05/13/2004 11:00PM

NCAA anti-gambling study a misguided effort

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The NCAA released a report Wednesday entitled the "2003 National Study on Collegiate Sports Wagering and Associated Health Risks."

"The scope of sports wagering among intercollegiate student-athletes is startling and disturbing," NCAA president Myles Brand said in the report. "Sports wagering is a double threat, because it harms the well-being of student-athletes and the integrity of college sports."

This revelation reminds me of the famous scene from the movie Casablanca, when Rick is told by Captain Renault that he is closing down Rick's Caf? American because, he hisses, "I'm shocked - shocked - to find that gambling is going on in here!"

Here are some numbers taken from the NCAA study:

* More than 21,000 NCAA student-athletes were surveyed confidentially for the study.

* Thirty-five percent of male student-athletes said they bet on sports compared with 10 percent of females.

* Fully 2.3 percent of Division I football players and 2.1 percent of men's basketball players said they were asked to affect the outcome of a game because of a gambling debt.

* The highest proportion of male student-athletes that gambled on sports were in golf (48.6 percent) and ice hockey (48.4 percent).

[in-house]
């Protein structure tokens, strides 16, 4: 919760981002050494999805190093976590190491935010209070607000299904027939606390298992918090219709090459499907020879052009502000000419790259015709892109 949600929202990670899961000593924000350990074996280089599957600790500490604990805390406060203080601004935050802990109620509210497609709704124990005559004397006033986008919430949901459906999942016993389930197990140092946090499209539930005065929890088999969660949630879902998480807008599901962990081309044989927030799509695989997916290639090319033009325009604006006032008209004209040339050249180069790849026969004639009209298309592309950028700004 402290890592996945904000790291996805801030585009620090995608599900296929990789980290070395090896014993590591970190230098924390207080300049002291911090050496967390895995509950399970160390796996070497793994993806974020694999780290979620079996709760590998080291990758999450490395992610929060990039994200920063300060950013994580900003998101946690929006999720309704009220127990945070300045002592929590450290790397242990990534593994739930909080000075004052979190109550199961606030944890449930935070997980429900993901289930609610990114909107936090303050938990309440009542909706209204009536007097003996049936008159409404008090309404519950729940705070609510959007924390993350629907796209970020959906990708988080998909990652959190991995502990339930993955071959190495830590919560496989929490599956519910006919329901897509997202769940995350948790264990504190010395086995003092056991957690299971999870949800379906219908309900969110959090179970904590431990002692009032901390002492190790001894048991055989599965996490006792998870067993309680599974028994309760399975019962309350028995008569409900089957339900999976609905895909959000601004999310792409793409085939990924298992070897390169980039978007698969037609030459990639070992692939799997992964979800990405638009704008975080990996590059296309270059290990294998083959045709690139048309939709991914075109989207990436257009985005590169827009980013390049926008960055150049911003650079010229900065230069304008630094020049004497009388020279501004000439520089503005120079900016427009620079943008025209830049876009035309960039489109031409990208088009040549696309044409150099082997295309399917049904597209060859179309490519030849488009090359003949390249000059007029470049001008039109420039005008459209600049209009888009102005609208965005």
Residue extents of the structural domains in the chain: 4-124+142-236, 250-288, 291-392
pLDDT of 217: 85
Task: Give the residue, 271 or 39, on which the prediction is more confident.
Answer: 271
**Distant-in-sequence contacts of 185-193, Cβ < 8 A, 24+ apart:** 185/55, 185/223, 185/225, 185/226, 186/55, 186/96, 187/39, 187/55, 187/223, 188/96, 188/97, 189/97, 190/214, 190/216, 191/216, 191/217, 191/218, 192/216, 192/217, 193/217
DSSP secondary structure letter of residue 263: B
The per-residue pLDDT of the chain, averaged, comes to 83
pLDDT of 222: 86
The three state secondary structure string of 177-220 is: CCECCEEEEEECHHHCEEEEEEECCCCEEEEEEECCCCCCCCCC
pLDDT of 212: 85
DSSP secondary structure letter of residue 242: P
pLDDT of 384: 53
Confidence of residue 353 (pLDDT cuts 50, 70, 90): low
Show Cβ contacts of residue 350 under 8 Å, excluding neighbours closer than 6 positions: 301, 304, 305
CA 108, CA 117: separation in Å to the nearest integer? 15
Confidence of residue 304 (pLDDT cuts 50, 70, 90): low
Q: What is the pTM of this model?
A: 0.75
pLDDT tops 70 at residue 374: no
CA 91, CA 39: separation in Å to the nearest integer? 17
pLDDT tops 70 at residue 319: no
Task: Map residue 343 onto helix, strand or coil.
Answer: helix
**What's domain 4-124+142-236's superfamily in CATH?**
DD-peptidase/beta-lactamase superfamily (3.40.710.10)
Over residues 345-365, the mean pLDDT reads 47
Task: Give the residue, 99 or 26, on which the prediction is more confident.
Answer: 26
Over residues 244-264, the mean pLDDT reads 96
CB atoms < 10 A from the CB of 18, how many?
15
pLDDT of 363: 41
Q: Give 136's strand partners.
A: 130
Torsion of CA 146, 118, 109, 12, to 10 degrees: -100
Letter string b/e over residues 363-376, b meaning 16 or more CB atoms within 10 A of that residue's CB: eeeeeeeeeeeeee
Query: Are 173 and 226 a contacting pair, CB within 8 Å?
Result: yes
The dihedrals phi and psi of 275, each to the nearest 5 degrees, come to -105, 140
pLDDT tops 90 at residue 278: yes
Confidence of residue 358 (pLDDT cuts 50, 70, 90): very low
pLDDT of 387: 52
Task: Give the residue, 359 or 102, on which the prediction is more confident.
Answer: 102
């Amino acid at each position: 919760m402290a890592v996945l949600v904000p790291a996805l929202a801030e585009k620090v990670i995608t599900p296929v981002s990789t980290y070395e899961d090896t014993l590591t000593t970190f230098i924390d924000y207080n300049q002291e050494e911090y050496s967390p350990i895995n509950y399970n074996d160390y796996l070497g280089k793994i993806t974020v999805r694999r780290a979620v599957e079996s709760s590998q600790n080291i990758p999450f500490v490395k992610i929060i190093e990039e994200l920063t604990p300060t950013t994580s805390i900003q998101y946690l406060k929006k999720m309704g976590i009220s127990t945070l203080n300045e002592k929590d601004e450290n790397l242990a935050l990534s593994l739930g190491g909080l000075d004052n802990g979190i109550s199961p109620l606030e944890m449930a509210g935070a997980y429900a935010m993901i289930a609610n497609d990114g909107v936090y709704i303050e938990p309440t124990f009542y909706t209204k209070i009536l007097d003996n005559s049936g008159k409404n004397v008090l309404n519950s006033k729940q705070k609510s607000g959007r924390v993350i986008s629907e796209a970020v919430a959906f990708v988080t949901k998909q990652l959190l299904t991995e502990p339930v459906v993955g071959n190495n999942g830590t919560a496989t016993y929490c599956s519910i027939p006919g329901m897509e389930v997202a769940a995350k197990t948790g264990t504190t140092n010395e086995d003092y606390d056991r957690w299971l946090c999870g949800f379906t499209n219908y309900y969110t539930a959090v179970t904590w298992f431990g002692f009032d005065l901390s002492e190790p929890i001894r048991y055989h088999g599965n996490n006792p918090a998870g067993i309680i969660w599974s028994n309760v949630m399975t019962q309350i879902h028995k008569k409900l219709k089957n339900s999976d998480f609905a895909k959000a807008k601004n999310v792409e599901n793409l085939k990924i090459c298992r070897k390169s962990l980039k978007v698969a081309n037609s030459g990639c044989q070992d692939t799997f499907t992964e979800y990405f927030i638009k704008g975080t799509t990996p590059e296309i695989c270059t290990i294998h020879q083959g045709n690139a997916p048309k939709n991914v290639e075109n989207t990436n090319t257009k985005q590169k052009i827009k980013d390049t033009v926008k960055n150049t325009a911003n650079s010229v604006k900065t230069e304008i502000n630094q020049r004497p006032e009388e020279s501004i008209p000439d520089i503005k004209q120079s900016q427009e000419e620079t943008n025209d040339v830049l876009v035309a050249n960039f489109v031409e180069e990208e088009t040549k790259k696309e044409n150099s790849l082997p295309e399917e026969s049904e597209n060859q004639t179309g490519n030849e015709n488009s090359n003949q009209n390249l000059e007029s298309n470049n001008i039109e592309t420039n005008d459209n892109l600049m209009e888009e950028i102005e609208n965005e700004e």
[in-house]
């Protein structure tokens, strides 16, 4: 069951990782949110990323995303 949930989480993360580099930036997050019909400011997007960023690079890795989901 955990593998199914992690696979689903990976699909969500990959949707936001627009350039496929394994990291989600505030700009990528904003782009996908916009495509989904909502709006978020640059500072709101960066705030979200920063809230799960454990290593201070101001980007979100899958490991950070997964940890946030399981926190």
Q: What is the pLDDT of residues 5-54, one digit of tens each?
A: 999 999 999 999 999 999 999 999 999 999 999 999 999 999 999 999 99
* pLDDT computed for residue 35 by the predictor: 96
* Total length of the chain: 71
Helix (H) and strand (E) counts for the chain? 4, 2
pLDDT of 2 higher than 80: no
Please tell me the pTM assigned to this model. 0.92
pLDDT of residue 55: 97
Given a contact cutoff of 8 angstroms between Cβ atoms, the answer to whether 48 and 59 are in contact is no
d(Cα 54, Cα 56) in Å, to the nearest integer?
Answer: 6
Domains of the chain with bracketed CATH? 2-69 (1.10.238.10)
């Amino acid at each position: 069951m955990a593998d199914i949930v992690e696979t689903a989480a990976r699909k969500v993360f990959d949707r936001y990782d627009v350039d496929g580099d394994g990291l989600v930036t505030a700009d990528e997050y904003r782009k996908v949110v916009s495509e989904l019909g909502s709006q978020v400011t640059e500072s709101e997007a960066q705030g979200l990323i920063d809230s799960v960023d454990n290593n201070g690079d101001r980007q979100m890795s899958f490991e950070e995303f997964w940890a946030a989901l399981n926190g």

On Thursday, sports talk show host Jim Rome quoted some of the statistics from the NCAA study, and then said sarcastically, "What a shock."

The survey contains certain questions that skew the percentages. For example, these activities are considered "betting on sports" if money changed hands among the players: card games (such as poker), board games, pool, darts, bowling, and lottery tickets.

Also, the timing of the release by the NCAA happened to precede by one day a press conference held by House Judiciary Chairman James Sensenbrenner Jr. (R-Wisc.). The chairman directed the House Judiciary committee's panel on the Constitution to "hold hearings on the oversight and management practices of the NCAA."

Thus, a potentially damning charge by a congressional committee was obscured by the sensational nature of the NCAA sports gambling study.

Ivan Maisel, on espn.com, wrote that Bill Saum, the NCAA director of agent and gambling activities, "plans to use the study as a foundation from which to launch a multi-front assault on gambling . . . changes in public policy and legislation are goals."

What that means to me is that Nevada politicians and casino sports book operators better polish up their briefs from the past few years. It is inevitable that the NCAA will revisit the fight to ban betting on college sports in Nevada.

With as many problems as the NCAA is facing now with the illicit recruiting of high school players, over-commercialism, poor graduation rates, drug and steroid use, inappropriate behavior by coaches, players, and fans, among other things, it is incredible to me that sports gambling remains at the top of its hit list.

Maybe the NCAA should rethink a quote said by fictional President Jed Bartlet on the TV show "The West Wing," when he tells his staff that it's important to fight the fights that you believe are right, not just the fights you think you can win.

Richard Eng is the turf editor for the Las Vegas Review-Journal and host of the Race Day Las Vegas Wrap Up radio show.